Fred Jr. has argued that Lucy must have coerced Ethel into the will structure that she set up. He has threatened litigation, he has threatened contacting his congressman, etc. Fred Jr’s adult daughter has taken to harassing Lucy, Ricardo, and their children and grandchildren. It has caused a ton of stress for Lucy that she never asked for. She was just trying to be a good neighbor, and ended up being $2 million the richer for it.

I know these facts because as a favor to Lucy, I prepared Ethel’s last tax return and the Ethel’s estate return.

I’m of the opinion that Fred Jr. got what he sowed, but I might be a bit biased. Fred Jr. is in his early 70’s, and is very obese, so it is likely he will pass before he receives the full payout of the trust.

Fred Jr sounds like a first class pratt. He gets over 2 million too! Silly git.

Lucy should get a lawyer. She can afford to under the circumstances. It doesn’t mean she has to play hardball. She could choose to suggest arbitration and, essentially, give Fred a few hundred thousand to go away. Or she could tell him to go jump. A good lawyer will help, whatever way she wants to play it.

You never see people go so crazy as when there’s an inheritance in the wind…

If, as Ethel told Lucy, the will names her as executor, then her duty is clear; she must obtain a grant of probate and administer the estate in accordance with Ethel’s will. If Fred’s not happy with that he can institute is own proceedings, which Lucy can defend (paying for this out of the estate). On the facts as given in the OP, there isn’t a shred of evidence that the will was procured by duress or undue influence, or that Ethel was not competent when she made it.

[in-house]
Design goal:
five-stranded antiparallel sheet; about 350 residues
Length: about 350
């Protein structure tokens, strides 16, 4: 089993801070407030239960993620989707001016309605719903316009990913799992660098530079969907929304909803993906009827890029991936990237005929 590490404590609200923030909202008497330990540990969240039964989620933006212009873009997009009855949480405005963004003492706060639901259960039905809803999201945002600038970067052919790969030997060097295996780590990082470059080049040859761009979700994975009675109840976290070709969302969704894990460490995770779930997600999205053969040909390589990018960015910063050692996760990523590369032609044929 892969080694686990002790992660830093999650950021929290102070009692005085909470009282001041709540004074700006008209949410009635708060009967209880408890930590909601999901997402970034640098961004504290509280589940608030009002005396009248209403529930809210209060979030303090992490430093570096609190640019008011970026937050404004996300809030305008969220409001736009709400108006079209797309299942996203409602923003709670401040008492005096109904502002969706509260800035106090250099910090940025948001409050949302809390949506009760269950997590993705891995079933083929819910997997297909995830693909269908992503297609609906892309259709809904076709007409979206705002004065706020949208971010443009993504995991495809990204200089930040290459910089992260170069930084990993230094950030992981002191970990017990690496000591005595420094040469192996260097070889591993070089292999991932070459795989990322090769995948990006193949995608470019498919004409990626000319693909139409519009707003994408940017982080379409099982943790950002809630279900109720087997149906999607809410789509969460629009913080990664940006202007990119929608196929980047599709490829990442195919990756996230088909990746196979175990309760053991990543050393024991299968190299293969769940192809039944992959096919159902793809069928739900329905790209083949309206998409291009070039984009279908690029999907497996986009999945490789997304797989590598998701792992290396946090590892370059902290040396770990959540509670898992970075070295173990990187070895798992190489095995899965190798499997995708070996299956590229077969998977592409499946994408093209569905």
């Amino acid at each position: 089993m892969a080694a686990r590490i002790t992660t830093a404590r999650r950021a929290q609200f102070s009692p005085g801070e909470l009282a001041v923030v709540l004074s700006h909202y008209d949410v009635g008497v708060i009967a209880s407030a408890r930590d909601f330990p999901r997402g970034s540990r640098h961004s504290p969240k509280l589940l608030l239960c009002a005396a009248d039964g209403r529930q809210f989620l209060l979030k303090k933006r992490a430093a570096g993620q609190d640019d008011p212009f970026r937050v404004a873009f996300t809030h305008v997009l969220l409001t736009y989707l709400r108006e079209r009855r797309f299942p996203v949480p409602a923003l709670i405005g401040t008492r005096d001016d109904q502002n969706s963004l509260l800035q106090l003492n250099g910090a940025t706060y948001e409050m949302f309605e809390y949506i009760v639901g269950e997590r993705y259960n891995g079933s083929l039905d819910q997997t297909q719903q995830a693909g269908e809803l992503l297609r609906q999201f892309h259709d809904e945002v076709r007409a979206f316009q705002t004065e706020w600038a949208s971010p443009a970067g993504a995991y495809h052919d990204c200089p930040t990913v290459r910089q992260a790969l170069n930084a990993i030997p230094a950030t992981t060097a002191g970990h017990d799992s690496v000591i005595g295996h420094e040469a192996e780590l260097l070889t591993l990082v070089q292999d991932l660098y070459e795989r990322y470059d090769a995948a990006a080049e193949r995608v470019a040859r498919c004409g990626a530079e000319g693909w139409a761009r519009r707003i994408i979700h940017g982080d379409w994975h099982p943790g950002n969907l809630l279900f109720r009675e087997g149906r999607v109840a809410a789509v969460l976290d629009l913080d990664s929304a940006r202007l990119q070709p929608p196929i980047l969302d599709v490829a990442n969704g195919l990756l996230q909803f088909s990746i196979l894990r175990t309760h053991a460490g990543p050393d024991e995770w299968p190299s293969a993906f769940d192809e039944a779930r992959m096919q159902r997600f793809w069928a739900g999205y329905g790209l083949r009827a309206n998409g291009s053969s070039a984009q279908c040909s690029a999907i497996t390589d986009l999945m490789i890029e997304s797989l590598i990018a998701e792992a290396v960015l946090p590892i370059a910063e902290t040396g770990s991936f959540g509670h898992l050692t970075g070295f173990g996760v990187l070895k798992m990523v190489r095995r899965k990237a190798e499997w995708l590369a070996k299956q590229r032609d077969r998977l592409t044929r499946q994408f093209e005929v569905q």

Sounds like the OP probably got this particular piece of information second hand, but if someone actually threatened to contact their congressmen when arguing with me about an inheritance matter, I’d take that as a sign that they didn’t know what they were doing and could be ignored (at least, from a legal perspective; I might let the cops know that this guy was rather upset and not thinking clearly)

This seems like it may have been one of those situations where a third party executor (like Ethel’s attorney) would have been more beneficial than appointing someone who was also a substantial beneficiary of the will. The third party executor could have provided pretty unimpeachable testimony that the will was prepared in good faith and without undue influence.

IANAL. And obviously this doesn’t help the current situation. I just think it’s an idea that should be spread around for solid reasons.

The will has already been probated, the house and belongings sold and proceeds put into trust, bequests made in accordance with the will. Fred Jr. still occasionally blusters to the estate’s attorney, and the granddaughter continues the harassment (through online messaging, text messages and emails). The local police have been contacted regarding the harassment who put a call into the local police where the granddaughter lives, who dropped by and told her to knock it off. The harassment subsided for a while, but has picked up again. I think she is on and off her medication.

If it’s been through Probate then it’s over. A judge has ruled and it would take something truly unusual to override that. Generally, challenges need to be filed with the courts before that.

He’s blustering and it’s worthless, of course. If he truly threatened to call his congressman that’s just hilarious.

The harassment isn’t, though. I’d get an attorney to write a nastygram (a Cease and Desist) and then seek a court order for damages if it persists. You can’t act on that sort of nonsense fast enough.

Some lawyers tried this with my late aunt. With the connivance of the care home in which she resided. My father kicked them out.

Yeah - I don’ tsee that there is an issue. The will has been probated - it is over. I don’t know what kind of lawsuit the jerk could initiate after the fact (never took stiffs and gifts in law school), but let him try. Lucy has plenty of cash to hire a lawyer herself.

In the meantime, she could have a lawyer draft a cease and desist letter for a couple hundred $. Or just ignore them. Or tell the cops it continues to be a problem, and ask to file a complaint.